Monday, February 17, 2014
Illiterate Graduates? Blame Politicians, not Teachers
I have written many blog posts about the functional and cultural illiteracy of young people. We all have stories of entire classes of college freshmen unable to write essays, calculate a percent change, identify nations on a map, or distinguish between U.S. Constitutional clauses and mere political slogans. I have often stated that something is terribly wrong with our educational system…but this article will be different.
This is not about criticizing students, or, for that matter, their teachers.
It is an indictment of politicians who hold teachers and schools “accountable” for these problems, while themselves being a significant contributing cause to the problem.
As the President of a teacher’s union at a local community college, I have watched in amazement as the politicians and bureaucrats have fought us tooth and nail each time we have sought to improve teaching and learning. If you are one who has assumed that the blame for students’ poor performance can be laid at the feet of their teachers…please reconsider. What follows are just two of the head-shaking realities.
Currently, adjunct college teachers around Massachusetts are voting on a new contract. This new contract includes an incredible “win” for labor that we fought long and hard for – a requirement that Management actually evaluate new Adjunct Faculty before they receive reappointment rights.
Yes, you read that correctly: we, the teachers in the union, have been asking for new teachers to receive timely, helpful, substantive evaluations from school administrators soon after being hired to help them become better teachers.
Management has fought us on this. For Years.
Finally, they agreed to this in our new proposed contract…as long as there were no repercussions if they failed to get around to it.
Yes, folks, this is the reality of teaching in 2014.
In a separate process, the state’s Board of Higher Education is implementing a brand new approach to math course delivery throughout our colleges.
The Boston politicians, taking their cues from Washington, are concerned that it is taking students too long to graduate from college (ignoring the fact that many students are also working due to a financial crisis none of them created.) Another reason for this is the need for many students to take what are called “developmental" math courses (in days past these were called “remedial” math courses.) Many students arrive at the college doors with a high school diploma…and critically poor math skills.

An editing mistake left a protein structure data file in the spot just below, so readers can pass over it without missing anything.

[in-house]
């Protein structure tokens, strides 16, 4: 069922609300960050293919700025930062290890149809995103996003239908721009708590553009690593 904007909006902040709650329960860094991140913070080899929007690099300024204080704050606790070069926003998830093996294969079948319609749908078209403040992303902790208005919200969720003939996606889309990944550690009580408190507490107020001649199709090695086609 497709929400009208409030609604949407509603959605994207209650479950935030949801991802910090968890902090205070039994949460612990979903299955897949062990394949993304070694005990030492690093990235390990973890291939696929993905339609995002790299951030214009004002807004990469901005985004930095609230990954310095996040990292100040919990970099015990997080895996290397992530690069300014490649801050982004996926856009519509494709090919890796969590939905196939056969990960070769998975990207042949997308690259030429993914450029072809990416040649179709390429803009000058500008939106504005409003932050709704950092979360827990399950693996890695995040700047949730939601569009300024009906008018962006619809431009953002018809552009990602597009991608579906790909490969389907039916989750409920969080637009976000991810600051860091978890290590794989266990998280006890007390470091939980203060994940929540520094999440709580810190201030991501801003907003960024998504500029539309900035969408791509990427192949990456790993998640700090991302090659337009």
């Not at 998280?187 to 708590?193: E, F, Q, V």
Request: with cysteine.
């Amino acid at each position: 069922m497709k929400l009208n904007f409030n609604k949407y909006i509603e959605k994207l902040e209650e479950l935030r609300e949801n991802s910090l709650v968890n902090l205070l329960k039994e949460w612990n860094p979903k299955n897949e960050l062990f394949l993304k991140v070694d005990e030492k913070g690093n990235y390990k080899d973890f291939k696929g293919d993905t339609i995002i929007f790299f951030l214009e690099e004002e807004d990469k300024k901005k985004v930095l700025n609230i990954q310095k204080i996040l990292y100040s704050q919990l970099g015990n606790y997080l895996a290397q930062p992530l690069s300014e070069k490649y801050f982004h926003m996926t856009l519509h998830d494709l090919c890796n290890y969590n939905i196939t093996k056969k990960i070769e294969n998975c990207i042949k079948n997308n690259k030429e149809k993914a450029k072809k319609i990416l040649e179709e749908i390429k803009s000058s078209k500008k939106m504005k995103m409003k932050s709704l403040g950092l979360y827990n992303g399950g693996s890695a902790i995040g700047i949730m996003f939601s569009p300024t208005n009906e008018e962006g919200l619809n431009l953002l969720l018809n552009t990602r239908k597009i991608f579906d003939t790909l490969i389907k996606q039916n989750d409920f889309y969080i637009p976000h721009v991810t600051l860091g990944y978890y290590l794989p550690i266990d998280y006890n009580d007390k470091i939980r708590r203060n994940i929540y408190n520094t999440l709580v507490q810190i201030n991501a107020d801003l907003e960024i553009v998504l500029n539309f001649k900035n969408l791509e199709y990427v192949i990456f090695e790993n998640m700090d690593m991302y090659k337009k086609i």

In our school there are three levels of sequential math courses that our instructors use simply to get many of these students *ready* to take their first college-level math. That’s three semesters of developmental math – which, of course, means that students will not be able to simply walk in and walk out of college like a revolving door.
One would think that our politicians would be concerned with this, and would allocate teaching and support dollars to our K-12 system to beef up math instruction.
But no. Instead, they are attempting to find a way to get these students in and out of college without being tripped up by such annoying subjects as math.
We have been asked to consider removing math requirements from courses and programs. We are being asked to consider allowing students to take developmental math at the same time they are taking the very courses they need those math skills for. As a business and economics teacher, I can not imagine having to instruct students in basic financial statements, stock fluctuations, and economic analysis while they are still attempting to master the concepts of decimals and the order of operations - but apparently, that makes sense to Boston politicians.
We have been asked to reconsider whether math is really even necessary in many of our programs. At one community college in the state, the administration has been moving forward to allow students to receive college credit for remedial courses whose subject matter is essentially at a high school level – another effort to simply process students through the institution in a timely fashion without actually expecting them to have accomplished college-level work.
This de-construction of math curricula is a precursor, I fear, to the next step in this process: a re-examination of the English curriculum, which is another subject where there are significant developmental needs among our students.
When all is said and done, the politicians will no doubt claim victory: they will point to increased graduation rates, and more timely completion of degrees.
The losers will be our students, who will continue to lack basic skills; our teachers, who will be blamed for turning out illiterate graduates; and our society, which will continue to be frustrated over poor employee performance even after our politicians have declared ‘victory.’